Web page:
Approximately 30 percent of Americans who live in rural areas don’t have broadband access, compared to about 2 percent in urban areas, Kathryn de Wit, manager of Pew’s Broadband Research Initiative, said in an interview with Government Technology.
“States differ in how they manage the development of broadband. Some states have a centralized office responsible for managing or coordinating broadband efforts,” according to Pew. “In others, multiple agencies have jurisdiction over broadband. States have written plans, created maps, or identified goals and funding mechanisms for their broadband work; some have almost all of these, while others have few or none.”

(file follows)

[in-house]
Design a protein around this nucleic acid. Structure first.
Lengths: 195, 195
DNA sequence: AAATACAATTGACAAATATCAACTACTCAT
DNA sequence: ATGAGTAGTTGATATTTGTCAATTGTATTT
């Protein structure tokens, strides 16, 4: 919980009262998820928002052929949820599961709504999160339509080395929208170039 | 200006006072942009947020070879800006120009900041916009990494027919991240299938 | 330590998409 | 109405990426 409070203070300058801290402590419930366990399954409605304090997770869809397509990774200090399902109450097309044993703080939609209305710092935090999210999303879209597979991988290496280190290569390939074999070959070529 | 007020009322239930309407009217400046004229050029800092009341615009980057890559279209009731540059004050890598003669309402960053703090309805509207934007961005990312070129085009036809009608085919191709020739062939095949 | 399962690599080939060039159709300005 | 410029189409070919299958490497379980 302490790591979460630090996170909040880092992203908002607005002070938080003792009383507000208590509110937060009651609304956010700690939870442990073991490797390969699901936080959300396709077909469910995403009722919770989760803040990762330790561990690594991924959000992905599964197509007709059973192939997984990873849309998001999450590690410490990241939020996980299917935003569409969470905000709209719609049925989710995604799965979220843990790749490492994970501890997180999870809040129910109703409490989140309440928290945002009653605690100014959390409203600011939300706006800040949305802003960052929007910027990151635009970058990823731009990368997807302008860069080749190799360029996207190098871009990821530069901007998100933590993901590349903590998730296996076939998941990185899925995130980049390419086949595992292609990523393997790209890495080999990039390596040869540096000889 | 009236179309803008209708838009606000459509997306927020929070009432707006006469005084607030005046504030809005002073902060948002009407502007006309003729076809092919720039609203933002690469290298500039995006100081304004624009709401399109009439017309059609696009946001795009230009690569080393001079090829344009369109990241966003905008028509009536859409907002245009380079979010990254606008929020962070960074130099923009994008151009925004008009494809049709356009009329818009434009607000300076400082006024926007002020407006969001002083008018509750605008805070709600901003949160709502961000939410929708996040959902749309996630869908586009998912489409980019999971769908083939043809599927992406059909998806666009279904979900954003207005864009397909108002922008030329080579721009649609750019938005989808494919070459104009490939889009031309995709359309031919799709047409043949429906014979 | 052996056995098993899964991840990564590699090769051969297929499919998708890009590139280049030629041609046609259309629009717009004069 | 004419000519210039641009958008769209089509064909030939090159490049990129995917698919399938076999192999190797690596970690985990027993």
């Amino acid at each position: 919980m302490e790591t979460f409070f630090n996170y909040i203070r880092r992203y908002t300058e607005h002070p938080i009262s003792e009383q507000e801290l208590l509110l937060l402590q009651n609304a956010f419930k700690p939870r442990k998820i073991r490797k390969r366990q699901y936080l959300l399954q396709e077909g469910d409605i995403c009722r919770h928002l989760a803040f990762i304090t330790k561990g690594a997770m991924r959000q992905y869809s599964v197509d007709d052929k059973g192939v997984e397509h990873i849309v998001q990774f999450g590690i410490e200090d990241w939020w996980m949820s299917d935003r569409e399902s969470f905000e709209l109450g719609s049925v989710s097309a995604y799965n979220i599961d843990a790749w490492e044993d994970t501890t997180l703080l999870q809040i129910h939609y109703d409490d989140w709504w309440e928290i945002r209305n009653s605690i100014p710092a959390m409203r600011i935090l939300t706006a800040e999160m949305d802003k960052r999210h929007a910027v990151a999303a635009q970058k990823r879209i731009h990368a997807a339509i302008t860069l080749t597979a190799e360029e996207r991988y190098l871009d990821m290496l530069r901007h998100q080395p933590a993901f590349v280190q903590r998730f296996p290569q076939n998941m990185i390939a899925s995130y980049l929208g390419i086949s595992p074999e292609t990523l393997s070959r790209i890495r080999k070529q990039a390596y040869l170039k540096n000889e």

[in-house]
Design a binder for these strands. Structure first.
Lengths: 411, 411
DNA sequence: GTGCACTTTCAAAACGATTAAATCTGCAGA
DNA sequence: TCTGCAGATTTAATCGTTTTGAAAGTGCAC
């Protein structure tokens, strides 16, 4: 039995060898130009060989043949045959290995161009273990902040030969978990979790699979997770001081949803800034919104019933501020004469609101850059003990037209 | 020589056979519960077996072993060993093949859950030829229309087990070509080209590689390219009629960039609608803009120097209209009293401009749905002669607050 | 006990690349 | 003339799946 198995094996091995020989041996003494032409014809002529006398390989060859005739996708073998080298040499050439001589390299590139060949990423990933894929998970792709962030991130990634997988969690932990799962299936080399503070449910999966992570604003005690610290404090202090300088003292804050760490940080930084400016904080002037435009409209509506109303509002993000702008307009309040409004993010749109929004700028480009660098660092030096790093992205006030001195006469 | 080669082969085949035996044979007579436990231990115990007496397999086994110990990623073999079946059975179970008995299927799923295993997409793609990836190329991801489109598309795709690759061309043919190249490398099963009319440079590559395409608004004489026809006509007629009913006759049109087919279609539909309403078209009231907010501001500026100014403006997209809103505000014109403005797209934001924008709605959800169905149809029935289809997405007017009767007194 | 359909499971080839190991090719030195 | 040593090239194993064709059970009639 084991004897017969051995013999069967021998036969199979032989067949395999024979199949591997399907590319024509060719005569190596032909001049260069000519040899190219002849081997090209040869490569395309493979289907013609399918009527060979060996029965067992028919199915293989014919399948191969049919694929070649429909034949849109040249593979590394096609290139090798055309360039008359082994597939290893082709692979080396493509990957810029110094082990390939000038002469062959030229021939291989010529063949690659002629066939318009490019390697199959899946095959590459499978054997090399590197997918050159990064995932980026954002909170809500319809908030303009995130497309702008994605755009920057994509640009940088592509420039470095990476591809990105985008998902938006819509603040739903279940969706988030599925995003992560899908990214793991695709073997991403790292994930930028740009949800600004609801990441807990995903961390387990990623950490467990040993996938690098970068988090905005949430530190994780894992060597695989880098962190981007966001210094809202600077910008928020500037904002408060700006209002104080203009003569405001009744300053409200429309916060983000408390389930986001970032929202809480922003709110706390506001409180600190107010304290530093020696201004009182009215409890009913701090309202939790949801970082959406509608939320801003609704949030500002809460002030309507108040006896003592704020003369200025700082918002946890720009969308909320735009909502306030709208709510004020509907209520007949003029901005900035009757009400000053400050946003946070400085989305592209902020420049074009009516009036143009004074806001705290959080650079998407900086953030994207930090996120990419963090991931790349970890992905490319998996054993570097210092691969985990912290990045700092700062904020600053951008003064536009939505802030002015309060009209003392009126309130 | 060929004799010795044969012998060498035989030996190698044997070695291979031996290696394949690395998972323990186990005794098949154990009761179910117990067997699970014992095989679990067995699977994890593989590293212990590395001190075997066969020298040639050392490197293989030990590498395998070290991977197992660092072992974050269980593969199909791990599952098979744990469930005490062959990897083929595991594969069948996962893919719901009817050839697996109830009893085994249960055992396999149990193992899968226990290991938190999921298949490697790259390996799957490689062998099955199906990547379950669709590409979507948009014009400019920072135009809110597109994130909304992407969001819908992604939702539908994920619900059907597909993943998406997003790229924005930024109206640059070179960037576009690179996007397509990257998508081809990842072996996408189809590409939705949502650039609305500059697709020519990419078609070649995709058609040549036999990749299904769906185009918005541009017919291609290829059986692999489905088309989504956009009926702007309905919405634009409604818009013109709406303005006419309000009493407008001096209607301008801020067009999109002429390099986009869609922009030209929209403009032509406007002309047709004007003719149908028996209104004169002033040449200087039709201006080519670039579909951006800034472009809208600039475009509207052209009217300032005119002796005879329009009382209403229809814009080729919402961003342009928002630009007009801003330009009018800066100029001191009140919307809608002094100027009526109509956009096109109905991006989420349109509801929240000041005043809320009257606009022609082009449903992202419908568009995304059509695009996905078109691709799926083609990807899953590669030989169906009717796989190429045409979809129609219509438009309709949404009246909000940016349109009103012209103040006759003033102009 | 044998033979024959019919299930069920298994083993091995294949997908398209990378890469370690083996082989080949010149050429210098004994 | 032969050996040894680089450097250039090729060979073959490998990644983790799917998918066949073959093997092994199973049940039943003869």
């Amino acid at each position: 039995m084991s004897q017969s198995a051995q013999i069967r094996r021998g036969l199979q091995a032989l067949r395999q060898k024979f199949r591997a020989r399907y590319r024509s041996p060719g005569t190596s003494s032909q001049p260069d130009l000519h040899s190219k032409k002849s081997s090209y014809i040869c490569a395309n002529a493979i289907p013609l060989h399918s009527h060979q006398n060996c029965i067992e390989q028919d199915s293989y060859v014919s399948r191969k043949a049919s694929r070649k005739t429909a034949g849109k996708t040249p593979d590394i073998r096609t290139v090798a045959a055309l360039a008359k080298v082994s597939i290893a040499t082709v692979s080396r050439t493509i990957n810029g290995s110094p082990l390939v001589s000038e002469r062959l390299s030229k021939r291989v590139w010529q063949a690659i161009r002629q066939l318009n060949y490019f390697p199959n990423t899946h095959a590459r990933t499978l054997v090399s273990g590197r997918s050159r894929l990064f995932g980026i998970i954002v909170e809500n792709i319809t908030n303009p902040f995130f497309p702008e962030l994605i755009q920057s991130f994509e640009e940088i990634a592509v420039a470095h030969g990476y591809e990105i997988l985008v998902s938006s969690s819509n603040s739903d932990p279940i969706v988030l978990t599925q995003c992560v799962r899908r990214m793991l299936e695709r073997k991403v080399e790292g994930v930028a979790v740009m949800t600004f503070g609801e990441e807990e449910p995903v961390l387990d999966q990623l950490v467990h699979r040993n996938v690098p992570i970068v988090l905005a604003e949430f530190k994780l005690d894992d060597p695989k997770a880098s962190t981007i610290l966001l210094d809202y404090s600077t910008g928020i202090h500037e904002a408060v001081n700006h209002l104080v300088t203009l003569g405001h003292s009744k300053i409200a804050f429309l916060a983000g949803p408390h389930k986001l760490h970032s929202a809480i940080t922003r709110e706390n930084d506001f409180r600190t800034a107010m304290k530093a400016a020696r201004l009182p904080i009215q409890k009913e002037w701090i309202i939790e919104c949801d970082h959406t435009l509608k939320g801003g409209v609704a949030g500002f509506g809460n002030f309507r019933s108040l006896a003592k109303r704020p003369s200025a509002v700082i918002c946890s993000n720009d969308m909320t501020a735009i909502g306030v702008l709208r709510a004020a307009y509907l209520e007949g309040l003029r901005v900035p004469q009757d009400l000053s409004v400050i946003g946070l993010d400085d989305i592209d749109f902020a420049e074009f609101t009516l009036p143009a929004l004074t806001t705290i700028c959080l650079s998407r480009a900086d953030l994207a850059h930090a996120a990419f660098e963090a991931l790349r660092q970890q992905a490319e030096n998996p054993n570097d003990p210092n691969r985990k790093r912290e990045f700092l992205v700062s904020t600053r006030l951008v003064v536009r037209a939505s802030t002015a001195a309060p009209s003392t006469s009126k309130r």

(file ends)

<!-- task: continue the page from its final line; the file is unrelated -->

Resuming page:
The importance of the expansion of broadband access is a hot topic, and many states have undertaken initiatives to expand needed infrastructure. For instance, Illinois recently announced a $420 million statewide initiative to expand and improve its broadband capabilities that is a key piece of its Rebuild Illinois capital plan; the North Carolina House passed long-delayed and debated legislation, the FIBER NC Act, that would eliminate restrictions on local government investment in broadband.
The FCC’s Eighth Broadband Progress Report, places the number of Americans without access at about 19 million, less than the Pew findings. The report concludes that “the FCC – and the nation – must continue to address obstacles impeding universal broadband deployment and availability.”